January 2004
Volume 45, Issue 1
Immunology and Microbiology  |   January 2004
Acanthamoeba Keratitis: The Role of Domestic Tap Water Contamination in the United Kingdom
Author Affiliations
  • Simon Kilvington
    From the Department of Microbiology and Immunology, University of Leicester, Leicester, United Kingdom; the
  • Trevor Gray
    Department of Ophthalmology, Moorfields Eye Hospital, London, United Kingdom; the
  • John Dart
    Department of Ophthalmology, Moorfields Eye Hospital, London, United Kingdom; the
  • Nigel Morlet
    Department of Ophthalmology, Moorfields Eye Hospital, London, United Kingdom; the
  • John R. Beeching
    Department of Biology and Biochemistry, University of Bath, Bath, United Kingdom; the
  • David G. Frazer
    Department of Ophthalmology, Royal Victoria Hospital, Belfast, Northern Ireland; and the
  • Melville Matheson
    Department of Pathology, Institute of Ophthalmology, University of London, London, United Kingdom.
Investigative Ophthalmology & Visual Science January 2004, Vol.45, 165-169. doi:https://doi.org/10.1167/iovs.03-0559
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      Simon Kilvington, Trevor Gray, John Dart, Nigel Morlet, John R. Beeching, David G. Frazer, Melville Matheson; Acanthamoeba Keratitis: The Role of Domestic Tap Water Contamination in the United Kingdom. Invest. Ophthalmol. Vis. Sci. 2004;45(1):165-169. https://doi.org/10.1167/iovs.03-0559.

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      © ARVO (1962-2015); The Authors (2016-present)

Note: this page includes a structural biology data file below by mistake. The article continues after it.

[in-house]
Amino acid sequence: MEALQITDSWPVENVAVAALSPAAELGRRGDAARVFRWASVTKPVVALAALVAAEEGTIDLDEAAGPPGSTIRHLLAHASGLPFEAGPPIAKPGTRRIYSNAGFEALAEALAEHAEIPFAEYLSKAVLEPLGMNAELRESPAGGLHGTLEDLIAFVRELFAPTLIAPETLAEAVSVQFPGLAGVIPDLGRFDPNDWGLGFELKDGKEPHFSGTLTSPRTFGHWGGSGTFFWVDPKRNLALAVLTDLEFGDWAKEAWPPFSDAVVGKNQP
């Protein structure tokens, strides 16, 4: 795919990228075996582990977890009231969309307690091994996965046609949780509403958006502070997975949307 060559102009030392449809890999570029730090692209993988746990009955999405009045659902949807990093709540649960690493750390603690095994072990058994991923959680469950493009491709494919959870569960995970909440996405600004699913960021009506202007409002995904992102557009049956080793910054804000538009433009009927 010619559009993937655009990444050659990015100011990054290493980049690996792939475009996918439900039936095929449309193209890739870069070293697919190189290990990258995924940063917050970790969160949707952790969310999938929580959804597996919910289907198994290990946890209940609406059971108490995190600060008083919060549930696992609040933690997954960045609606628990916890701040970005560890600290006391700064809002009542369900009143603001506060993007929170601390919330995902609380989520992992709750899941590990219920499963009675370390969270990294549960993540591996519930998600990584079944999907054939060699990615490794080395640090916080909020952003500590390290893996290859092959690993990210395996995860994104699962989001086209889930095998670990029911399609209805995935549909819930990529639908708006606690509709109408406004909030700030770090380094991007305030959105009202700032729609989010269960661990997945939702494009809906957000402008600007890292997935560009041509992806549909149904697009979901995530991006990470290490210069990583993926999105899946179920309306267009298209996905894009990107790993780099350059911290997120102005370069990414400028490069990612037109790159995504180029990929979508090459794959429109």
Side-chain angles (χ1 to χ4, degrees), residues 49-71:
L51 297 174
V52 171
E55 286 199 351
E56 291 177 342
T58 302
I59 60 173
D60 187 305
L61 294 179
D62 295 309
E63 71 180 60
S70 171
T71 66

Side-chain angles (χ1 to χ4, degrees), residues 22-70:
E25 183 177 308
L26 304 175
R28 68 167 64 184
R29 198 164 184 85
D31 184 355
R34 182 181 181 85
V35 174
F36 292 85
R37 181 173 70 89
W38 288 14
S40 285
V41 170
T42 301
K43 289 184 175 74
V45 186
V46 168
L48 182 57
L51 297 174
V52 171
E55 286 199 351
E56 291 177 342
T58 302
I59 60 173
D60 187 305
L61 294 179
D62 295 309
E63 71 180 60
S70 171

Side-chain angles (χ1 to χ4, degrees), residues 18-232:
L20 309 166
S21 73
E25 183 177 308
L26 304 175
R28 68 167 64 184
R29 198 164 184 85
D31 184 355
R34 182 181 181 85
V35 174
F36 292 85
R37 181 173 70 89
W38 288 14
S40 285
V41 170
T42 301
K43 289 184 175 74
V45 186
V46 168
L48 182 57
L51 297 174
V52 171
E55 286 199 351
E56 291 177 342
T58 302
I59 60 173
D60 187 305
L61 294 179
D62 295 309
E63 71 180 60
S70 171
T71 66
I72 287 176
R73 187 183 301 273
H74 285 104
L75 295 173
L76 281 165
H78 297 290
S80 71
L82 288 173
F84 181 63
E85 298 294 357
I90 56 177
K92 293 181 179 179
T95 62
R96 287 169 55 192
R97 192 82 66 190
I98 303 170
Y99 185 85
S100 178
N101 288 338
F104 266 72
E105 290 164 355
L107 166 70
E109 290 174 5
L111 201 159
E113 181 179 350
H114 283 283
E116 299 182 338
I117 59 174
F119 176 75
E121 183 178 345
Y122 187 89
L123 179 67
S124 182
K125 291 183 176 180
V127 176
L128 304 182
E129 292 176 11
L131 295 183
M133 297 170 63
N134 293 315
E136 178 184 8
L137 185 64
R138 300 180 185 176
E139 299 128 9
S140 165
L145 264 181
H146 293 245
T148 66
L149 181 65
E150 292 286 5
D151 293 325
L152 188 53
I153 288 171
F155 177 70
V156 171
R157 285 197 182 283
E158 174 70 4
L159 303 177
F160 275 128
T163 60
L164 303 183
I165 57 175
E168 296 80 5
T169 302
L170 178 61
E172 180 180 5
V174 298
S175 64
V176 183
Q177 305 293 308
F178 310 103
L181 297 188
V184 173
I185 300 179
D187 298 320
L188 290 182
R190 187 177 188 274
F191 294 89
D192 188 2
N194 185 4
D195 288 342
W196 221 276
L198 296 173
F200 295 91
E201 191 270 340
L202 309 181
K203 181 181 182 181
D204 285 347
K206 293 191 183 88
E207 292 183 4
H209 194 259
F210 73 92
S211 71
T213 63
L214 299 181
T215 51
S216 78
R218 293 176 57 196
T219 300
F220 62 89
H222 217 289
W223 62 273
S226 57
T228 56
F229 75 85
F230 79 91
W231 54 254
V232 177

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purpose. The incidence of acanthamoeba keratitis (AK) in the UK is some 15 times that in the United States and seven times that in Holland. To investigate reasons for this higher frequency, a study of the role of domestic tap water as a potential source of AK was undertaken.

methods. Tap outlets from the homes of 27 patients with culture-proven AK were sampled and cultured for free-living amoebae (FLA). For all Acanthamoeba isolates, mitochondrial DNA (mtDNA) restriction fragment length polymorphisms (RFLPs) and cytochrome oxidase (cox 1/2) sequence typing was performed to determine the similarity between corneal and tap water isolates.

results. FLA, including Acanthamoeba, were isolated from 24 (89%) of 27 homes, and the presence within the homes varied significantly with tap water temperature and location: 19 (76%) of 25 bathroom sink cold taps sampled compared with 6 (24%) of 25 hot and 9 (47%) of 19 kitchen cold taps compared with 3 (16%) of 19 of hot kitchen taps. Acanthamoeba were isolated from 8 (30%) of 27 homes (five bathroom sink cold taps, one cloakroom cold tap, one bath, and one bedroom sink mixer [hot/cold] taps). In six cases, identical Acanthamoeba mtDNA profiles were found for the clinical and home tap water isolates. In keeping with UK plumbing practice, 24 of 27 homes had internal roof water storage tanks to supply domestic taps, but the mains fed the kitchen cold tap.